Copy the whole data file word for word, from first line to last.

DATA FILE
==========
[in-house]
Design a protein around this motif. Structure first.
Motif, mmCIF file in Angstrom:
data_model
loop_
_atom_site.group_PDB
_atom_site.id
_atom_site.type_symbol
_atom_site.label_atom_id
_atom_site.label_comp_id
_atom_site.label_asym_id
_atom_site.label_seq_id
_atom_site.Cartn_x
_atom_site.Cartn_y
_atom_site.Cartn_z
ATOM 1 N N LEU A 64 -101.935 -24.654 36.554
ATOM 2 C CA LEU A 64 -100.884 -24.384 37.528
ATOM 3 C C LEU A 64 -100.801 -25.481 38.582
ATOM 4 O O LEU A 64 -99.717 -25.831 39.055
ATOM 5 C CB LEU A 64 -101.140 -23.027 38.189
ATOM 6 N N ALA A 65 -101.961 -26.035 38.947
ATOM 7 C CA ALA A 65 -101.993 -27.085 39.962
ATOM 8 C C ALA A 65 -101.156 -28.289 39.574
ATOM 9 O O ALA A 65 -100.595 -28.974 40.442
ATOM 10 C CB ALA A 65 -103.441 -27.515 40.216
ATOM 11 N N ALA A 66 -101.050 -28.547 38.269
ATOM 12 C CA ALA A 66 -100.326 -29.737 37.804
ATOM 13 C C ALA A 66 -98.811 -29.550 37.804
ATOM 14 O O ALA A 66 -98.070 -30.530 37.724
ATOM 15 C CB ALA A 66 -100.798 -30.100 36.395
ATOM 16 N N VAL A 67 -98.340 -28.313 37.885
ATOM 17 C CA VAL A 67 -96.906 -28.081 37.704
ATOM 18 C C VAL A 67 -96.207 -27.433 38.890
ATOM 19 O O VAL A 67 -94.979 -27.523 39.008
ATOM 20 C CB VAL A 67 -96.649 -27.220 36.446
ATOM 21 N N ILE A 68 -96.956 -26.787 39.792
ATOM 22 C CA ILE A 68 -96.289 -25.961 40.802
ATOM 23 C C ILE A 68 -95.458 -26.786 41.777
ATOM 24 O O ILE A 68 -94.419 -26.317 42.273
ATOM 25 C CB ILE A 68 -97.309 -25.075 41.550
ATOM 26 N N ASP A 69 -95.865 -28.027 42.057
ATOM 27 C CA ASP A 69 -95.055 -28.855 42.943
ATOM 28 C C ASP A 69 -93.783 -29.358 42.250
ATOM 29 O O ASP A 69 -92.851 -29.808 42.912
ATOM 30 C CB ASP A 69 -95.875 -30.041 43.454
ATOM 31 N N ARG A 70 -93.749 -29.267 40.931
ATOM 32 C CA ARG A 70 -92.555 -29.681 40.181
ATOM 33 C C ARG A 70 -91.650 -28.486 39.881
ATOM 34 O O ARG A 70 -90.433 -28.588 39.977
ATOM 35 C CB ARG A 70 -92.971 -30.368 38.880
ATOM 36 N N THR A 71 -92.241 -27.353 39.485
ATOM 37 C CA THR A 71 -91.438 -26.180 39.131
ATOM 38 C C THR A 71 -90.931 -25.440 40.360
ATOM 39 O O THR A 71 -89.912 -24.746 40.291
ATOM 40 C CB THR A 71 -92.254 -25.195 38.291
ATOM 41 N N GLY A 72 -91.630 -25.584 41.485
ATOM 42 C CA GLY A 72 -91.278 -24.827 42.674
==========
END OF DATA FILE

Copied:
[in-house]
Design a protein around this motif. Structure first.
Motif, mmCIF file in Angstrom:
data_model
loop_
_atom_site.group_PDB
_atom_site.id
_atom_site.type_symbol
_atom_site.label_atom_id
_atom_site.label_comp_id
_atom_site.label_asym_id
_atom_site.label_seq_id
_atom_site.Cartn_x
_atom_site.Cartn_y
_atom_site.Cartn_z
ATOM 1 N N LEU A 64 -101.935 -24.654 36.554
ATOM 2 C CA LEU A 64 -100.884 -24.384 37.528
ATOM 3 C C LEU A 64 -100.801 -25.481 38.582
ATOM 4 O O LEU A 64 -99.717 -25.831 39.055
ATOM 5 C CB LEU A 64 -101.140 -23.027 38.189
ATOM 6 N N ALA A 65 -101.961 -26.035 38.947
ATOM 7 C CA ALA A 65 -101.993 -27.085 39.962
ATOM 8 C C ALA A 65 -101.156 -28.289 39.574
ATOM 9 O O ALA A 65 -100.595 -28.974 40.442
ATOM 10 C CB ALA A 65 -103.441 -27.515 40.216
ATOM 11 N N ALA A 66 -101.050 -28.547 38.269
ATOM 12 C CA ALA A 66 -100.326 -29.737 37.804
ATOM 13 C C ALA A 66 -98.811 -29.550 37.804
ATOM 14 O O ALA A 66 -98.070 -30.530 37.724
ATOM 15 C CB ALA A 66 -100.798 -30.100 36.395
ATOM 16 N N VAL A 67 -98.340 -28.313 37.885
ATOM 17 C CA VAL A 67 -96.906 -28.081 37.704
ATOM 18 C C VAL A 67 -96.207 -27.433 38.890
ATOM 19 O O VAL A 67 -94.979 -27.523 39.008
ATOM 20 C CB VAL A 67 -96.649 -27.220 36.446
ATOM 21 N N ILE A 68 -96.956 -26.787 39.792
ATOM 22 C CA ILE A 68 -96.289 -25.961 40.802
ATOM 23 C C ILE A 68 -95.458 -26.786 41.777
ATOM 24 O O ILE A 68 -94.419 -26.317 42.273
ATOM 25 C CB ILE A 68 -97.309 -25.075 41.550
ATOM 26 N N ASP A 69 -95.865 -28.027 42.057
ATOM 27 C CA ASP A 69 -95.055 -28.855 42.943
ATOM 28 C C ASP A 69 -93.783 -29.358 42.250
ATOM 29 O O ASP A 69 -92.851 -29.808 42.912
ATOM 30 C CB ASP A 69 -95.875 -30.041 43.454
ATOM 31 N N ARG A 70 -93.749 -29.267 40.931
ATOM 32 C CA ARG A 70 -92.555 -29.681 40.181
ATOM 33 C C ARG A 70 -91.650 -28.486 39.881
ATOM 34 O O ARG A 70 -90.433 -28.588 39.977
ATOM 35 C CB ARG A 70 -92.971 -30.368 38.880
ATOM 36 N N THR A 71 -92.241 -27.353 39.485
ATOM 37 C CA THR A 71 -91.438 -26.180 39.131
ATOM 38 C C THR A 71 -90.931 -25.440 40.360
ATOM 39 O O THR A 71 -89.912 -24.746 40.291
ATOM 40 C CB THR A 71 -92.254 -25.195 38.291
ATOM 41 N N GLY A 72 -91.630 -25.584 41.485
ATOM 42 C CA GLY A 72 -91.278 -24.827 42.674